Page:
Kevin:  The “buyer beware” saying is quite real, but a solicitor Tim O’Dwyer said recently on the show that he believes that’s changing around Australia where there’s a lot stronger emphasis now being put on the seller, and I think rightly so, too.
Let’s face it. When you buy a car, it has to come with a roadworthy certificate. Therefore, there’s a requirement to say “The product that I’m putting up here is roadworthy as a car.” The same, I think, should apply to a property. If I were a seller, Cate, I would want to know what was wrong with my place because that’s going to impact the eventual sale price.
Cate:  Yes, that’s a really fair point. It’s not just about the condition of the property; sometimes there are illegal works or there are works that have been done without the appropriate sign-off, and so you have permit issues as well.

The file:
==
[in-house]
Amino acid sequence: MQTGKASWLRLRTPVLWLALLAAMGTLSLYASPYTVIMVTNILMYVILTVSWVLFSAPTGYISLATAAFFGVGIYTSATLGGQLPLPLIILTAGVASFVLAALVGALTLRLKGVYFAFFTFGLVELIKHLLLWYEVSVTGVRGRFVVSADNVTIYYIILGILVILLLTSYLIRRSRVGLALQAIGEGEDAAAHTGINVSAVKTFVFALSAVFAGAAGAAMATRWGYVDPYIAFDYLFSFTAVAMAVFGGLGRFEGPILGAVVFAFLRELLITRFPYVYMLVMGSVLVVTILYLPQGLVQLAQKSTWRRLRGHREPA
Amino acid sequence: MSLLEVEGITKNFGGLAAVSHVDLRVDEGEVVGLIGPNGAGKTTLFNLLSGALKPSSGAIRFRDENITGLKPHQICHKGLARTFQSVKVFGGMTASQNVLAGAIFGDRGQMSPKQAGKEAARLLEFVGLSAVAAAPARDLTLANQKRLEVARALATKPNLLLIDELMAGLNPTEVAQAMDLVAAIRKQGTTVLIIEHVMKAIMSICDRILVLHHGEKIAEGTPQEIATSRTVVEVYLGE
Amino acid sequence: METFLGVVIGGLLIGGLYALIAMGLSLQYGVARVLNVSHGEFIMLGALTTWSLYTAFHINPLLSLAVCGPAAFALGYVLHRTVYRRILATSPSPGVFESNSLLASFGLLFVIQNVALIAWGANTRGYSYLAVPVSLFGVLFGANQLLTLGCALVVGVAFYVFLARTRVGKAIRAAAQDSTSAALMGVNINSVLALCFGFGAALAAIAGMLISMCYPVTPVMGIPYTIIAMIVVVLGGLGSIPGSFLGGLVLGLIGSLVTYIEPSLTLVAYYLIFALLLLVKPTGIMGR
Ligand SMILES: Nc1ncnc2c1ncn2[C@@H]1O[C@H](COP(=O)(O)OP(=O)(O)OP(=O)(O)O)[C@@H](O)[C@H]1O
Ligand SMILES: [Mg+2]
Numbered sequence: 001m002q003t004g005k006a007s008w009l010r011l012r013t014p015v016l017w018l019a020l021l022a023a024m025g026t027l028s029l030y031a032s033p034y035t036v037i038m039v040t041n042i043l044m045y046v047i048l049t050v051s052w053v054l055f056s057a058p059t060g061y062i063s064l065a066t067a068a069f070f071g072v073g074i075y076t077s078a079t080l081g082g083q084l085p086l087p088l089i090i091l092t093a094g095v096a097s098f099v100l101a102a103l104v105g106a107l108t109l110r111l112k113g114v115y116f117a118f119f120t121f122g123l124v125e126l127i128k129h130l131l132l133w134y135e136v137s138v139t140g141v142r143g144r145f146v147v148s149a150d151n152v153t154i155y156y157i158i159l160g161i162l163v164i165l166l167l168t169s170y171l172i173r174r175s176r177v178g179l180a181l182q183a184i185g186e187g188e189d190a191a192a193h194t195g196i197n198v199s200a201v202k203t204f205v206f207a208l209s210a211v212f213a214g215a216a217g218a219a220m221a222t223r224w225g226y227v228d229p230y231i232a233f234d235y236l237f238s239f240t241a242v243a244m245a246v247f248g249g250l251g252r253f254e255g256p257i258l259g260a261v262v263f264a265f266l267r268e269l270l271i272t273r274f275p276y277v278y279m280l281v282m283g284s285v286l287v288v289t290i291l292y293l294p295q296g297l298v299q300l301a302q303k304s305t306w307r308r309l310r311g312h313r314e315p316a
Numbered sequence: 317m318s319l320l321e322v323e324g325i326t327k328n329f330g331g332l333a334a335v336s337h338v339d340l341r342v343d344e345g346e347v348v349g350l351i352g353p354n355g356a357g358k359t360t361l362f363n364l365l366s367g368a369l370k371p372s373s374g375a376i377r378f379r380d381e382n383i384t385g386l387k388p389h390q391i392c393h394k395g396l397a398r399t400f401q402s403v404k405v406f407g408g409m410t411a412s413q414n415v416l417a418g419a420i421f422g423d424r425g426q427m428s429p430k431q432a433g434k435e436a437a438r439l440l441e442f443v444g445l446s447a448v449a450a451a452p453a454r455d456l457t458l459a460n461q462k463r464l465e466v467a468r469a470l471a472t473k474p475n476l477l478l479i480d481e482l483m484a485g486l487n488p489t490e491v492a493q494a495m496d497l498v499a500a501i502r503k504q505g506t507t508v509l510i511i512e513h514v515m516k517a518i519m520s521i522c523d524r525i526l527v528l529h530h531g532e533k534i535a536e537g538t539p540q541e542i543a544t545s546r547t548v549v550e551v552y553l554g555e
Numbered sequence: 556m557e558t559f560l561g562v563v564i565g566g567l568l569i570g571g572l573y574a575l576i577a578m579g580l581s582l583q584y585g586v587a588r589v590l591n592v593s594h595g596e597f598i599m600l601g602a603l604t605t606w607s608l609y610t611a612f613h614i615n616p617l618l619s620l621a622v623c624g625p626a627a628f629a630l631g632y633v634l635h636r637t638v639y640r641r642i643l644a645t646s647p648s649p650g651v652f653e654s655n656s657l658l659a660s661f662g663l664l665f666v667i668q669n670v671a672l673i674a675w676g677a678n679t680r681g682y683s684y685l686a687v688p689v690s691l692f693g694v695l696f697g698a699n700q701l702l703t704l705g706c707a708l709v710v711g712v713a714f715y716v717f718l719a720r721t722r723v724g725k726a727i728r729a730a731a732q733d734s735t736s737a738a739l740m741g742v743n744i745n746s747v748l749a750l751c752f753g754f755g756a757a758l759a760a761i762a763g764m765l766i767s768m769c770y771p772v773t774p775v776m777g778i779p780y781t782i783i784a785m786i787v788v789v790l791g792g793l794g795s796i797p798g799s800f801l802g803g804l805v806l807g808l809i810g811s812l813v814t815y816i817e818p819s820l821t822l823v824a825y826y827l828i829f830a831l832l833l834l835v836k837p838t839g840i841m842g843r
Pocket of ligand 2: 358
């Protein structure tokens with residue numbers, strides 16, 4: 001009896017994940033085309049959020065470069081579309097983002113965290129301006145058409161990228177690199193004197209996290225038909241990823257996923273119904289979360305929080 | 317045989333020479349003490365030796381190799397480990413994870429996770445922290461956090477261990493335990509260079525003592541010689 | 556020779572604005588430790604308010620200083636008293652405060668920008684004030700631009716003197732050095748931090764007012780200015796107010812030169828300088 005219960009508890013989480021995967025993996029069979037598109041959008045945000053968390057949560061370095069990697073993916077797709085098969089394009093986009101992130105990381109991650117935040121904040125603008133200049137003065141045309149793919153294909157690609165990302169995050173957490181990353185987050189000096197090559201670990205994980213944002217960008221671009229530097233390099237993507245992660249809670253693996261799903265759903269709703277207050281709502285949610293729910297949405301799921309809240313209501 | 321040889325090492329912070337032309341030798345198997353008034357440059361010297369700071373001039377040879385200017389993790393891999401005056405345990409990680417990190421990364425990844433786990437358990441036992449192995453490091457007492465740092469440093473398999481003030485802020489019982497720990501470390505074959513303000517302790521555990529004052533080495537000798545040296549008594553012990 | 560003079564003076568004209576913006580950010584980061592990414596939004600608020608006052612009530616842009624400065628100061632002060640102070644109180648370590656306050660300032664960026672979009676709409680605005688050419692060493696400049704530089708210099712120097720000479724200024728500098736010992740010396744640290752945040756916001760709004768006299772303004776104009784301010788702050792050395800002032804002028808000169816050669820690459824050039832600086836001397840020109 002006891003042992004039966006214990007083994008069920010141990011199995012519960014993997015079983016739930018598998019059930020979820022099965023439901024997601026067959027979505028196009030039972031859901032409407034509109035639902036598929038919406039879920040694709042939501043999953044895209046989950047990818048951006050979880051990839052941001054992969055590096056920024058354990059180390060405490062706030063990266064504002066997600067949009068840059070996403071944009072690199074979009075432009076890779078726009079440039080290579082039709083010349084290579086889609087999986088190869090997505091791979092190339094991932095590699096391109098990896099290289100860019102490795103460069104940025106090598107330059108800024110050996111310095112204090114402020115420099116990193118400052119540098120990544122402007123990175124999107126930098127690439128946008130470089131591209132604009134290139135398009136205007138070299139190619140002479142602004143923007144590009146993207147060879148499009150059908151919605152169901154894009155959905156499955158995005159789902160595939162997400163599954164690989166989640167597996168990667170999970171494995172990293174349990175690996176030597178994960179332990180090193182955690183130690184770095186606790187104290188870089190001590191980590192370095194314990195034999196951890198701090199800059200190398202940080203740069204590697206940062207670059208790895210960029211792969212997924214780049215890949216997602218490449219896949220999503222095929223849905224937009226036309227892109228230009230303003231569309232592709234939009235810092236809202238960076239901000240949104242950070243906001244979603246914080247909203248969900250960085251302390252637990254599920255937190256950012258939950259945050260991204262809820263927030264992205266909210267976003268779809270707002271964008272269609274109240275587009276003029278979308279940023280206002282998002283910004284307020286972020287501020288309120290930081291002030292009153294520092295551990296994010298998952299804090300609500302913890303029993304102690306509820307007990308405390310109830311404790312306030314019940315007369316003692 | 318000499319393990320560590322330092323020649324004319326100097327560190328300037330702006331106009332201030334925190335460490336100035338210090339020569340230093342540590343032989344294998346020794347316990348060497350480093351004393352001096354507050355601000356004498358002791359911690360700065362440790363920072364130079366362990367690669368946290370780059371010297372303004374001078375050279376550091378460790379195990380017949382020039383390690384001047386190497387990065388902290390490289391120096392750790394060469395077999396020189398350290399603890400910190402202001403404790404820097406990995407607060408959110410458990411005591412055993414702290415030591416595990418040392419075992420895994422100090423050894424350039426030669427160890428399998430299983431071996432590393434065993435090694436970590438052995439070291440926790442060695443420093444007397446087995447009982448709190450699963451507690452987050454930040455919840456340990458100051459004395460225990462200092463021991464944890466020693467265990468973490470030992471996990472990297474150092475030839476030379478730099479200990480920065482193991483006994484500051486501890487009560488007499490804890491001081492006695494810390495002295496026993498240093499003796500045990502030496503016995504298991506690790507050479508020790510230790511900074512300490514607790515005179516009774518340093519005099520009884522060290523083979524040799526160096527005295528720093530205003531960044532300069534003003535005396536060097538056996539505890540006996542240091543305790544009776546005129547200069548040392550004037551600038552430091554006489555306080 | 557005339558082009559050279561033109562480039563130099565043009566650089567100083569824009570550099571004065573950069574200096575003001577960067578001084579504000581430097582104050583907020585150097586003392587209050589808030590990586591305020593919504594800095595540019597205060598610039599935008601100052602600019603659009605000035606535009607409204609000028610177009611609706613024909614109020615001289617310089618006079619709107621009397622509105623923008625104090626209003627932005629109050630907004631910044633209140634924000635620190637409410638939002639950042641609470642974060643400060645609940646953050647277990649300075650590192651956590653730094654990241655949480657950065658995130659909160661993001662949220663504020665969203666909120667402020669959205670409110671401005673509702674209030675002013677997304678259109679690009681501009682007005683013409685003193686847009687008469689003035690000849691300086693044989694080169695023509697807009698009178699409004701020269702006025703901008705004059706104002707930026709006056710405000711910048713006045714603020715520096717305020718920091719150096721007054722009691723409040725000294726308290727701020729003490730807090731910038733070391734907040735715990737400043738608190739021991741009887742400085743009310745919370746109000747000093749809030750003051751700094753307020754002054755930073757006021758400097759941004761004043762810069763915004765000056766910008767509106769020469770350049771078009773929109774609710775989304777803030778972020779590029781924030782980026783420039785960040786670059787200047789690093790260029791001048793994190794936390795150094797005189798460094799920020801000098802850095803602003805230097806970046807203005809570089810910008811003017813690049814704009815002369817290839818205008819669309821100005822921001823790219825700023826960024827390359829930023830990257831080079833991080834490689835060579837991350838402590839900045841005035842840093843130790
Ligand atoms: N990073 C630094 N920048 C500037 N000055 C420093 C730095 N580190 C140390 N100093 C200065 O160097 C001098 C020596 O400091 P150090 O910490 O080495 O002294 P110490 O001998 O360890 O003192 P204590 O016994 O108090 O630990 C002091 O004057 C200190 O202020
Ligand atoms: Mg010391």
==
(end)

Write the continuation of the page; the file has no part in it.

I think every buyer is entitled to understand when a property is being sold without the appropriate permits, and in most cases, a good, solid legal review will reveal those types of issues as well.
Kevin:  Cate, always great talking to you. Cate Bakos,, buyer’s agent from Melbourne, from Cate Bakos Property. Thank you very much for your time.
Cate:  Thanks for having me on the show, Kevin.